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Implications of the Newark Supergroup-based astrochronology and geomagnetic polarity time scale (Newark-APTS) for the tempo and mode of the early diversification of the Dinosauria

Paul E. Olsen; Dennis V. Kent; Jessica H. Whiteside

Title:
Implications of the Newark Supergroup-based astrochronology and geomagnetic polarity time scale (Newark-APTS) for the tempo and mode of the early diversification of the Dinosauria
Author(s):
Olsen, Paul E.
Kent, Dennis V.
Whiteside, Jessica H.
Date:
Type:
Articles
Department:
Lamont-Doherty Earth Observatory
Volume:
101
Permanent URL:
Book/Journal Title:
Earth and Environmental Science Transactions of the Royal Society of Edinburgh
Abstract:
The Newark-APTS established a high-resolution framework for the Late Triassic and Early Jurassic. Palaeomagnetic polarity correlations to marine sections show that stage-level correlations of continental sequences were off by as much as 10 million years. New U–Pb ages show the new correlations and the Newark basin astrochronology to be accurate. Correlation of Newark-APTS to the Chinle Formation/Dockum Group, Glen Canyon Group, Fleming Fjord Formation and Ischigualasto Formation led to the following conclusions: (1) there are no unequivocal Carnian-age dinosaurs; (2) the Norian Age was characterised by a slowly increasing saurischian diversity but no unequivocal ornithischians; (3) there was profound Norian and Rhaetian continental provinciality; (4) the classic Chinle-, Germanic- and Los Colorados-type assemblages may have persisted to the close of the Rhaetian; (5) the distinct genus-level biotic transition traditionally correlated with the marine Carnian–Norian is in fact mid-Norian in age and within published error of the Manicouagan impact; (6) the end-Triassic marine and continental extinctions as seen in eastern North America were contemporaneous; and (7) compared to Triassic communities, Hettangian and Sinemurian age terrestrial communities were nearly globally homogenous and of low diversity. Consequently, the complex emerging picture of dinosaur diversification demands biostratigraphically-independent geochronologies in each of the faunally-important regions.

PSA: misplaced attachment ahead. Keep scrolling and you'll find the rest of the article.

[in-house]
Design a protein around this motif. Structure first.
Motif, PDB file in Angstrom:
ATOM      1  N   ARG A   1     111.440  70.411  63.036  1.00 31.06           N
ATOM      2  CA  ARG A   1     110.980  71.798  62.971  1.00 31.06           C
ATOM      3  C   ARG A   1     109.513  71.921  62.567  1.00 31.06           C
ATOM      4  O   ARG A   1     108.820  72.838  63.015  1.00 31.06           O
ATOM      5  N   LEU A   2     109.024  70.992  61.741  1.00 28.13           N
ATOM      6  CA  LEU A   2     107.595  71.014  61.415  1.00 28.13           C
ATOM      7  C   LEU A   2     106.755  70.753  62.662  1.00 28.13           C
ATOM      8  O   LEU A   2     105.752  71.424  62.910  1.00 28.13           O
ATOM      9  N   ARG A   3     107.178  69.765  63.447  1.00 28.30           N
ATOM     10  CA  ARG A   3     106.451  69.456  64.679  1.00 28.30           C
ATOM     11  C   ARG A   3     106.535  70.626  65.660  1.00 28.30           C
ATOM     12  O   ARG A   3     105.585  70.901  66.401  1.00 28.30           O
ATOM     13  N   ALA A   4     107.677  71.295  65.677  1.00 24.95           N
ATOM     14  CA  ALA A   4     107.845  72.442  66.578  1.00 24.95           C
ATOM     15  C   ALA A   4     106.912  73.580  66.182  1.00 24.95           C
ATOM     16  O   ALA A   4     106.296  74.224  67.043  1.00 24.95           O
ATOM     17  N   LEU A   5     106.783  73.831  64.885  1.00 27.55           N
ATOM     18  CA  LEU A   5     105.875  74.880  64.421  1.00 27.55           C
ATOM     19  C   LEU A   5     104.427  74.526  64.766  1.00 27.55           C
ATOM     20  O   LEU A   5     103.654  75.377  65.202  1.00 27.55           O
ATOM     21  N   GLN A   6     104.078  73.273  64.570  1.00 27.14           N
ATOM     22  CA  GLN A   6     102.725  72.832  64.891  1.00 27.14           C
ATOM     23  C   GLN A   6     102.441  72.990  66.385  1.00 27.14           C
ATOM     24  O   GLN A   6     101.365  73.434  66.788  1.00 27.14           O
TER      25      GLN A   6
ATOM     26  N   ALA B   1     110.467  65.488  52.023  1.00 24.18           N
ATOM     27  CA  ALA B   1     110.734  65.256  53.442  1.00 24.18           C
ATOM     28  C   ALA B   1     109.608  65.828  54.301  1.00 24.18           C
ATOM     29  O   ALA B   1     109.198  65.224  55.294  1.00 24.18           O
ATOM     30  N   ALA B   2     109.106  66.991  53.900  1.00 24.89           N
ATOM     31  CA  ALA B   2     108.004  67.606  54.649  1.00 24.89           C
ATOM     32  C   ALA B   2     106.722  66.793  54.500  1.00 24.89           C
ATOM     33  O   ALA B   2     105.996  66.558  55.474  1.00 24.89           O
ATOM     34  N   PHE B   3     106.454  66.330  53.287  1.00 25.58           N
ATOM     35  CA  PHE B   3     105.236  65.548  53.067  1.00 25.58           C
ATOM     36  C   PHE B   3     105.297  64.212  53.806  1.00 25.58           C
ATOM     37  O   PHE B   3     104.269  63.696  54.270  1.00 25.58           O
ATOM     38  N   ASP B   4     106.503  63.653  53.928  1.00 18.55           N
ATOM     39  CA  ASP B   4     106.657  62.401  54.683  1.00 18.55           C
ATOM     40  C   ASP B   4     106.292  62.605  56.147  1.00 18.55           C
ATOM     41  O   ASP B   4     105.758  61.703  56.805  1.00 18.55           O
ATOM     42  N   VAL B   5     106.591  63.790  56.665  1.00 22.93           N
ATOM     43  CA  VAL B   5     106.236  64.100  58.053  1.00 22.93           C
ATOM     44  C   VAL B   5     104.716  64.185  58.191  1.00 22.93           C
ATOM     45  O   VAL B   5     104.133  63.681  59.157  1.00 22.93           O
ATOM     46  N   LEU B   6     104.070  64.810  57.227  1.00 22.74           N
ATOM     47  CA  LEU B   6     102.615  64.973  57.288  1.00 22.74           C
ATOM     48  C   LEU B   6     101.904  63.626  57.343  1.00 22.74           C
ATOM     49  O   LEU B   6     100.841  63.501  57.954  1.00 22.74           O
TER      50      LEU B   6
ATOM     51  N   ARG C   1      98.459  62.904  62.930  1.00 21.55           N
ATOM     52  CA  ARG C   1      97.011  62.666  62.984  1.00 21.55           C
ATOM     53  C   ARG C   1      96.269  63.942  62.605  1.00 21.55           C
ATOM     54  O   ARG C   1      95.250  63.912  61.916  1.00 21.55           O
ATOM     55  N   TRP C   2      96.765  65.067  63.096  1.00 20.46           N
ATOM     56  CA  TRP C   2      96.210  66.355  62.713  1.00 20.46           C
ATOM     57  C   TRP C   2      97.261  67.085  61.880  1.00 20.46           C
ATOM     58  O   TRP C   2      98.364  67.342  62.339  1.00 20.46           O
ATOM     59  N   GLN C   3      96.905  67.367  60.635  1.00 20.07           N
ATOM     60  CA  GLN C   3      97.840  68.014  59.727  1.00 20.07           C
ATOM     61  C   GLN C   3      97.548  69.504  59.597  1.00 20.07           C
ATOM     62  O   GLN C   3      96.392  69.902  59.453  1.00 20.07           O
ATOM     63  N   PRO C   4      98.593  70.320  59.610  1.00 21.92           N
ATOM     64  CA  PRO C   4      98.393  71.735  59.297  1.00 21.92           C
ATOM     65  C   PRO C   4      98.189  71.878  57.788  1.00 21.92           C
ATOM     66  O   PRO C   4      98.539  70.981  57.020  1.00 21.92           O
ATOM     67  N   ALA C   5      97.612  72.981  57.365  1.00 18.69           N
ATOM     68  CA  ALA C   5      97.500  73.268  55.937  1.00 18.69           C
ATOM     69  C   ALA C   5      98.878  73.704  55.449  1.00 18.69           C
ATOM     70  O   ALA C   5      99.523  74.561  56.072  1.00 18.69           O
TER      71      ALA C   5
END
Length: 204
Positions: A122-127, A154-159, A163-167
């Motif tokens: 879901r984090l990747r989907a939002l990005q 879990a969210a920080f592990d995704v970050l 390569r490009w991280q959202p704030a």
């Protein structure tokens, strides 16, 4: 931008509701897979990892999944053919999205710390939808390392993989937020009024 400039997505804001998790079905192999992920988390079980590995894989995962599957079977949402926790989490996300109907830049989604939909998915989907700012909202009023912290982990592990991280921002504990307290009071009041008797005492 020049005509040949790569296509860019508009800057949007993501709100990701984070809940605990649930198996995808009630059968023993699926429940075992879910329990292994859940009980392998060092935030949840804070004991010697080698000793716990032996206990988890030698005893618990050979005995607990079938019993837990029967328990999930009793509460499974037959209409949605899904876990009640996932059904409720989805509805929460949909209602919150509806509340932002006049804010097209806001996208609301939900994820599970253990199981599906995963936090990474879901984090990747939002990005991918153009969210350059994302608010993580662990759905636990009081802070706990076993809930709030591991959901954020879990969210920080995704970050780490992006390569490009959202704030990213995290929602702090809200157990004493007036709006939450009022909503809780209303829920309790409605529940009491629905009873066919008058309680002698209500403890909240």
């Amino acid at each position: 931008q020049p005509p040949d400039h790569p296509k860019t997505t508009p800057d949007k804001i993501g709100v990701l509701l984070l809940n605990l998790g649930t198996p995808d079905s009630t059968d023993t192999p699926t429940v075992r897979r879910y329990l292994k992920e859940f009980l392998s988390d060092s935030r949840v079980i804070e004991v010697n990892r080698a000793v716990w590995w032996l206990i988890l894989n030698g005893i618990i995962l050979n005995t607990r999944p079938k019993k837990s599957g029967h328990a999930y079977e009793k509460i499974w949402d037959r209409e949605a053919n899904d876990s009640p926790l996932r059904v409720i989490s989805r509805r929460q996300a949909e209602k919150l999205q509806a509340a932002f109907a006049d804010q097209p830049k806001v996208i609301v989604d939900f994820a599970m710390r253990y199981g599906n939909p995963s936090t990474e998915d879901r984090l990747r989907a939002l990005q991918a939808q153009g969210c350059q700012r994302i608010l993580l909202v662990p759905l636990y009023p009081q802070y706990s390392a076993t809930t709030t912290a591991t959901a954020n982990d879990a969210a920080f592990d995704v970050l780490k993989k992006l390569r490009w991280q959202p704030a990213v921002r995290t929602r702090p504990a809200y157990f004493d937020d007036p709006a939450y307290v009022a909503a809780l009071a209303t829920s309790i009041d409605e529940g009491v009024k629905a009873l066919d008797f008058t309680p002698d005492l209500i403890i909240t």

Subject(s):
Geology
Paleontology
Publisher DOI:
http://dx.doi.org/10.1017/S1755691011020032
Item views:
121
Metadata:
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